Opened in: January

Top Chef’s Mei Lin wowed diners in 2019 with her elegant Arts District restaurant, Nightshade, and while her new, fast-casual fried chicken concept also wields Asian ingredients in innovative ways, Daybird really sets itself apart—both from its predecessor, and from the rest of L.A.’s booming fried chicken scene. Dusting tenders and massive planks of breaded Jidori chicken thighs with a hot-and-numbing Sichuan spice blend, Daybird is unique in a sea of Nashville-style hot chicken operations, providing heat from a different part of the globe. Sandwiches get topped with a tangy, refreshing cabbage slaw that’s rife with pickled chilies (unless you’re looking for less heat, in which case it can be made without) and can get dunked into house-made sauces such as a habanero ranch, hot honey and the namesake Daybird sauce. Even with dine-in restaurants open again, one bite of Daybird fried chicken is enough to make you almost want to have a parking lot car picnic again. Almost.

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  • Restaurants
  • Filipino
  • Chinatown
  • price 2 of 4

Opened in: February

Since our review of Lasita in October, the second iteration of this thoughtful Filipino restaurant in Chinatown’s Far East Plaza has found its groove as a reservation-free fast-casual spot with excellent natural wine. Focused on two essential Filipino staple dishes, chicken inasal and pork belly lechon, the latter being the standard by which most Filipino restaurants are judged, Lasita is a showcase in why, oftentimes, simpler is just better. Its spectacular atchara (pickled vegetables) pairs beautifully with either the flavorful, moist inasal and crispy, crackly pork belly, available by the half-pound or in a combo plate. Each of Lasita’s well-made sauces—particularly the coconut green goddess—tastes so delicious and distinctive you’ll likely want to order a trio, and Lasita’s weekend-only calamansi cream pie from nearby Laroolou is out-of-this-world good.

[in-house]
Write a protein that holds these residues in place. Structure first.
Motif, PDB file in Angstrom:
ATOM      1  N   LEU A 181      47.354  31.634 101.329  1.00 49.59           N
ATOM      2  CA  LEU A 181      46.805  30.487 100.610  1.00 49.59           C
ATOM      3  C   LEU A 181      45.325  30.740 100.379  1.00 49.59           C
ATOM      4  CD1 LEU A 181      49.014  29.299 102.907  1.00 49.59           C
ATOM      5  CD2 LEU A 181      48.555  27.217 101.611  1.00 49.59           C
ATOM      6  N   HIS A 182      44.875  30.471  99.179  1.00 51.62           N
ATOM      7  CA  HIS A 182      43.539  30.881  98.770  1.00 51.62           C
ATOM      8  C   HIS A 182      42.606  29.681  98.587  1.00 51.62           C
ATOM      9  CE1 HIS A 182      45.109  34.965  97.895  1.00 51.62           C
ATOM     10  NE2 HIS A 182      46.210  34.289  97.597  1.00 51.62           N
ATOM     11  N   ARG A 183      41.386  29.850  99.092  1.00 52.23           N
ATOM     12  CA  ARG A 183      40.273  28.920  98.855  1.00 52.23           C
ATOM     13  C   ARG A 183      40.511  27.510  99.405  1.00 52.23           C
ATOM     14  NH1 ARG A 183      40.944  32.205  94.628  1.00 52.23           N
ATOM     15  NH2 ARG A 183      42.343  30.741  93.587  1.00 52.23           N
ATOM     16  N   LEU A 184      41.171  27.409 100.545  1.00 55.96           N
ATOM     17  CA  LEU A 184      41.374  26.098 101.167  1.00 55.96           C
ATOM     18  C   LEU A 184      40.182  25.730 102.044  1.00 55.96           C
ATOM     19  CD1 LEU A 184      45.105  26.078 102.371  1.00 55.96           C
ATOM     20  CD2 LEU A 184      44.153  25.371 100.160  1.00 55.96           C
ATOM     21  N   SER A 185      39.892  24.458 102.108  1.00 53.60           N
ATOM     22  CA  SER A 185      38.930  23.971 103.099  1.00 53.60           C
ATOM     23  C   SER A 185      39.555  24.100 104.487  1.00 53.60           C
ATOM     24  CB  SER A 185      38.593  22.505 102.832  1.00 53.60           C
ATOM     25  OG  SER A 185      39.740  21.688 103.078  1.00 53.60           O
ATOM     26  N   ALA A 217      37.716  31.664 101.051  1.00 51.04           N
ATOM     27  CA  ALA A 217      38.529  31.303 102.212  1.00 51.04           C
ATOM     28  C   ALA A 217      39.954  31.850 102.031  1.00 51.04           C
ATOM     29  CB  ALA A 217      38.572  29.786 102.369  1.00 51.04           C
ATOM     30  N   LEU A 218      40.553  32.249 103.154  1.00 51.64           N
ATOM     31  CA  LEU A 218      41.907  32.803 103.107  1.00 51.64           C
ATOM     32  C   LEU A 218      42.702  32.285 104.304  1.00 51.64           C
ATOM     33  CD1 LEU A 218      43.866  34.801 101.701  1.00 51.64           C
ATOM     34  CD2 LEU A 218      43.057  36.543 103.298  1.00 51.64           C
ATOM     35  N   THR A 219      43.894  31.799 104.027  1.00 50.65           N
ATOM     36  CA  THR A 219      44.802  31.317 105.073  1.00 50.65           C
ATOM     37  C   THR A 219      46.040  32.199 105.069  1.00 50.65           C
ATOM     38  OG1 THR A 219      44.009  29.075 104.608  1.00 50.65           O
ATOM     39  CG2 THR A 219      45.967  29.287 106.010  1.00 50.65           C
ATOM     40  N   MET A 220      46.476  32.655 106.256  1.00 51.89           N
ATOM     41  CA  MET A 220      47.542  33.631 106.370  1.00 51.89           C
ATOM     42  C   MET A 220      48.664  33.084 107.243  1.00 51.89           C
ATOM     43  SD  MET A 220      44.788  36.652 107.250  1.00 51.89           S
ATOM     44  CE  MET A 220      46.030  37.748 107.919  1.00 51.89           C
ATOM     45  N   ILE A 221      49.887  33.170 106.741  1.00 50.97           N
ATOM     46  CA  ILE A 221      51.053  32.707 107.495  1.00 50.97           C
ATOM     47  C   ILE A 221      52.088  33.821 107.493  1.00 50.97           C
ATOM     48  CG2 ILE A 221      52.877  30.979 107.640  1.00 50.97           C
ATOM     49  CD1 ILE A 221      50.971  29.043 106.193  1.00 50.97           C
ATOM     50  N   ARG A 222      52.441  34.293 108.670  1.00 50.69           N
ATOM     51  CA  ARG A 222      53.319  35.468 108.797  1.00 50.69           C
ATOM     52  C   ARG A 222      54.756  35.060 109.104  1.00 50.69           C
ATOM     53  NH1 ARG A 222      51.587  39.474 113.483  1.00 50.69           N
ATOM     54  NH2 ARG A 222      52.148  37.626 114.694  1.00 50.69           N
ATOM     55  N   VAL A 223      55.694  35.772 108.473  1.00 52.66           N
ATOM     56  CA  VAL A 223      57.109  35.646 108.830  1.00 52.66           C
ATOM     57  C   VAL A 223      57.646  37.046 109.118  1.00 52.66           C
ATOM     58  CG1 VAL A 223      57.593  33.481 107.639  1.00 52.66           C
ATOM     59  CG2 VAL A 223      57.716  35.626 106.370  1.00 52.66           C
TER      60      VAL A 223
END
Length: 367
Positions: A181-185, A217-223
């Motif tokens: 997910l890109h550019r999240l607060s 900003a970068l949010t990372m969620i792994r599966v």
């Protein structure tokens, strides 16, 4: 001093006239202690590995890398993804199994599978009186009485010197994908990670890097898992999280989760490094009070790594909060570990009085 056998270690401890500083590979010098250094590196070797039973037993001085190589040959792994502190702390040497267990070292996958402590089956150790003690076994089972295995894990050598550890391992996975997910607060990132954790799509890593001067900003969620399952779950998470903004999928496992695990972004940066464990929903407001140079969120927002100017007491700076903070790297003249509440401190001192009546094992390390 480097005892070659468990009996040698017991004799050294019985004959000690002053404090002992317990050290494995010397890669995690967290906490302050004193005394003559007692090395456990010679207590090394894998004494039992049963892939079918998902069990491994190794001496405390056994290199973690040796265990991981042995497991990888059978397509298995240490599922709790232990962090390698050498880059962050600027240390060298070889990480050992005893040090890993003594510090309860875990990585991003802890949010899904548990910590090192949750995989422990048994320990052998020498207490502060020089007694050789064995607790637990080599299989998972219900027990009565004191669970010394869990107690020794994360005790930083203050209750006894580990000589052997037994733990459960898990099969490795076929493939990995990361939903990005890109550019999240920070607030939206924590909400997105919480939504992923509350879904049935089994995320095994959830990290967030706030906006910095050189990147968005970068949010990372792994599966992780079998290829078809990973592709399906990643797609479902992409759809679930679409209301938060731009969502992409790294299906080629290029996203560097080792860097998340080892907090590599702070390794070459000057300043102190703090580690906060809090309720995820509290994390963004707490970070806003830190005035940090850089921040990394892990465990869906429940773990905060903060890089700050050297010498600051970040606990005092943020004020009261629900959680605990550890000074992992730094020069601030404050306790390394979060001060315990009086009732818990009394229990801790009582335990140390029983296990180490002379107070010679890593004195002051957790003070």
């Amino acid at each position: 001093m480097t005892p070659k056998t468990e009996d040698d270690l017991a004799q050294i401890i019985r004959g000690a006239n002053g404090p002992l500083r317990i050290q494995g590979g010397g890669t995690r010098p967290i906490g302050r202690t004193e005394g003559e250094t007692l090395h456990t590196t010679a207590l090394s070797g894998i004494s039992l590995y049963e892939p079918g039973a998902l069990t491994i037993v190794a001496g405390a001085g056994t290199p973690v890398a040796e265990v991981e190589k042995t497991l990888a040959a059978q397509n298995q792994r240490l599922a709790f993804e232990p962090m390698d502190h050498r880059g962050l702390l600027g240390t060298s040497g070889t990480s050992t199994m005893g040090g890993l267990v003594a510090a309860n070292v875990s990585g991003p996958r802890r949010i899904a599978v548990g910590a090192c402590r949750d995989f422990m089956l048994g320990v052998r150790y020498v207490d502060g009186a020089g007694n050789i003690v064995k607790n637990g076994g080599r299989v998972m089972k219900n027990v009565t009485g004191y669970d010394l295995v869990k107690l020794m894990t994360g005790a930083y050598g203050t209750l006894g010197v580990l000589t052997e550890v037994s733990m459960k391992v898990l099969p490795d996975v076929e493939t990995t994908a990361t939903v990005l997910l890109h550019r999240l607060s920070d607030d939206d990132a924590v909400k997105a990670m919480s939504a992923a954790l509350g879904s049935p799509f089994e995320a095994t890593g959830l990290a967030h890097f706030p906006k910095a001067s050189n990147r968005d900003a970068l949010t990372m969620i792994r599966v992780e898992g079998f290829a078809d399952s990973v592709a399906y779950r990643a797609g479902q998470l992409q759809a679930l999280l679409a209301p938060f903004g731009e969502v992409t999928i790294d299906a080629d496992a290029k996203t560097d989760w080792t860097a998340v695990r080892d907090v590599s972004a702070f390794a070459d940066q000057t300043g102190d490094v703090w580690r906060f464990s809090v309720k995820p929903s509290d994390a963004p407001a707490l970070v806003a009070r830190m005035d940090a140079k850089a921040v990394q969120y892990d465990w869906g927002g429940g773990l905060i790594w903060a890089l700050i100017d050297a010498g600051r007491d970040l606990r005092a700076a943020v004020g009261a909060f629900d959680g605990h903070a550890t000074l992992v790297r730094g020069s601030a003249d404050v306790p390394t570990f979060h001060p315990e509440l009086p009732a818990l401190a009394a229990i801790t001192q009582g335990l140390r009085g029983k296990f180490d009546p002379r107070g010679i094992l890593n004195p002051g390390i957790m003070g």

• Restaurants
  • Seafood
  • Pasadena Playhouse District
  • price 3 of 4

Opened in: February

Sporting a little bit of Basque flavor, plenty of Pacific Northwest style and a wealth of gorgeous seafood, Pasadena’s Saso has brought Basque-inspired seafood to the space adjoining the serene Pasadena Playhouse. Chef and Oregon native Dominique Crisp’s light, bright and seasonal menu includes a raw bar, where you might find succulent grilled oysters under miso butter and scallions, as well as pintxos for more small bites. As for the entrées, expect seared salmon, whole grilled Dungeness crab and a revolving door of weekly and daily specials. It’s also—when the Playhouse isn’t using it—home to one of the most charming new restaurant patios in L.A.

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  • Restaurants
  • Mexican
  • Downtown Arts District
  • price 3 of 4

Opened in: March

This plant-filled, mostly outdoor rooftop restaurant hailing from Mexico City may have only opened in March, but it already feels like a regular fixture of the Arts District’s date night-friendly dining scene. The indoor-outdoor space’s stunning design (and our Best Outdoor Dining Spot of 2021) plays host to meals with impeccable cocktails and, of course, great food, all while fielding high-volume weekend crowds. Here, you’ll find Cha Cha Chá’s addicting house-made tortilla chips, thicker than most in this city, which make an order of guacamole an essential for any table. Though its bluefin and charred octopus tostadas are the crowd-pleasers, Cha Cha Chá also wows with its grilled mushroom tacos—which we’d order over the meat ones any day of the week. Just be sure to bring a jacket; even with heaters, some tables on the patio can get chilly in L.A.’s cooler months.

  • Restaurants
  • Vietnamese
  • East Hollywood
  • price 1 of 4

Opened in: March